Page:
“If you’re lucky enough to be Irish,” they like to say in Ireland, “then you’re lucky enough.”
That makes me pretty lucky. My direct Irishness is only one-eighth, thanks to my mother’s grandfather, Calvin Bond. We don’t know his history beyond the fact that he was one of the orphans exported from Ireland to save them from starvation in the middle of the 19th Century. He was adopted by an Iowa family and wound up in Kansas.
But I am all Irish by marriage, having met Sue Quail in the newsroom of the Topeka Daily Capital in 1954. Her mother’s people were from the west of Ireland, and her paternal ancestors, led by William Quail, came from County Down in Northern Ireland to rural Pennsylvania in 1811. We know more about that branch. A couple of generations later, some of the Quails joined the westward movement but stopped when they found good farmland at what is now the south edge of Topeka.
It was a good choice. The land in Kansas gets thinner the further west you go. And living near the state capital provided educational and professional opportunities. Sue’s great-uncle Frank A. Quail became a lawyer and joined a firm in Cleveland. By 1903, he was affluent and curious enough to go down the family’s back trail in Northern Ireland.
He took his father, also named William Quail, with him. And using documents preserved from the 1811 crossing, they found their roots. The photo below shows the two of them posing casually in front of the house that the immigrant Quails left behind. That’s Frank seated on the left.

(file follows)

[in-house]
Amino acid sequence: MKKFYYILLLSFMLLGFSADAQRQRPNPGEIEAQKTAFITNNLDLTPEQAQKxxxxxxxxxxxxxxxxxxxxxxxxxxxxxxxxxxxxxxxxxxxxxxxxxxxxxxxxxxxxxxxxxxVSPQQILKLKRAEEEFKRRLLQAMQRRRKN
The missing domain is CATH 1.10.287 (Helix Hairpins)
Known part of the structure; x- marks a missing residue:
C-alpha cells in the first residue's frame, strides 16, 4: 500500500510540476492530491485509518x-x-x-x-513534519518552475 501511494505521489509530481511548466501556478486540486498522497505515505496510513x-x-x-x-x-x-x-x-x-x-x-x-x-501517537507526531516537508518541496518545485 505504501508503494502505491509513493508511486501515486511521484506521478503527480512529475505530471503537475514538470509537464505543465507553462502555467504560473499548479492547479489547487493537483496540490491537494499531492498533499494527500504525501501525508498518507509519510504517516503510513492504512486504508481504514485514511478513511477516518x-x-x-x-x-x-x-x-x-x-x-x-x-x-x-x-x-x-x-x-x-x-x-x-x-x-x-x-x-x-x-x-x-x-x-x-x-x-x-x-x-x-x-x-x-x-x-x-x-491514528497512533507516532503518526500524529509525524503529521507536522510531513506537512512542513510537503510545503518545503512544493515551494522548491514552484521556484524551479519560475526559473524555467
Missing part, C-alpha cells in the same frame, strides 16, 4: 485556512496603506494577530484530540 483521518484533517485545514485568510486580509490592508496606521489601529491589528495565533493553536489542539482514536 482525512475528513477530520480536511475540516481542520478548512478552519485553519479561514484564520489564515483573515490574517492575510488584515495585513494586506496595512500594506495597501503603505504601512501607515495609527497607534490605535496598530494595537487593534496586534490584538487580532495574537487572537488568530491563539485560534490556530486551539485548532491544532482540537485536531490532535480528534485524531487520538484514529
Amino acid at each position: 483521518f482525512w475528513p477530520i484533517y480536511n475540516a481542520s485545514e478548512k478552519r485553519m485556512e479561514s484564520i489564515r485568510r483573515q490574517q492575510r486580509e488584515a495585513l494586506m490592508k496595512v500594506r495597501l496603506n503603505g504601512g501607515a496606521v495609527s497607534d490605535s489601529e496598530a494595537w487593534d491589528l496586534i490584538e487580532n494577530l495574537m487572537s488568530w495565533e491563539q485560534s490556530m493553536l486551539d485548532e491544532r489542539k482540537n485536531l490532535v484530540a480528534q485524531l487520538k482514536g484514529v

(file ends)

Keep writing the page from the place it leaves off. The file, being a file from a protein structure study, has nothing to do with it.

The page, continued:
That might have been the start of a family tradition. Fast-forward 101 years to 2004. I had a teaching gig in Spain that summer, Sue came along, and we arranged some time in Ireland on the way home. Using the preserved documents, driving around, and querying residents, we found the property. Here it is, with Sue in front. We also found her family name in a couple of places: the Quail Meadow and the Quail Lane. And we found the present owner of the property, who must be related, because he has two middle names, and they are “William Quail.”
There’s more. A similar building on the same property has been restored as a self-catering facility, meaning you can sleep and cook your own meals there. To see what it looks like now, click here.
Makes us wonder what another 100 years will bring. Here’s hoping the Irish luck holds, and our great-great-grandchildren will visit that good place.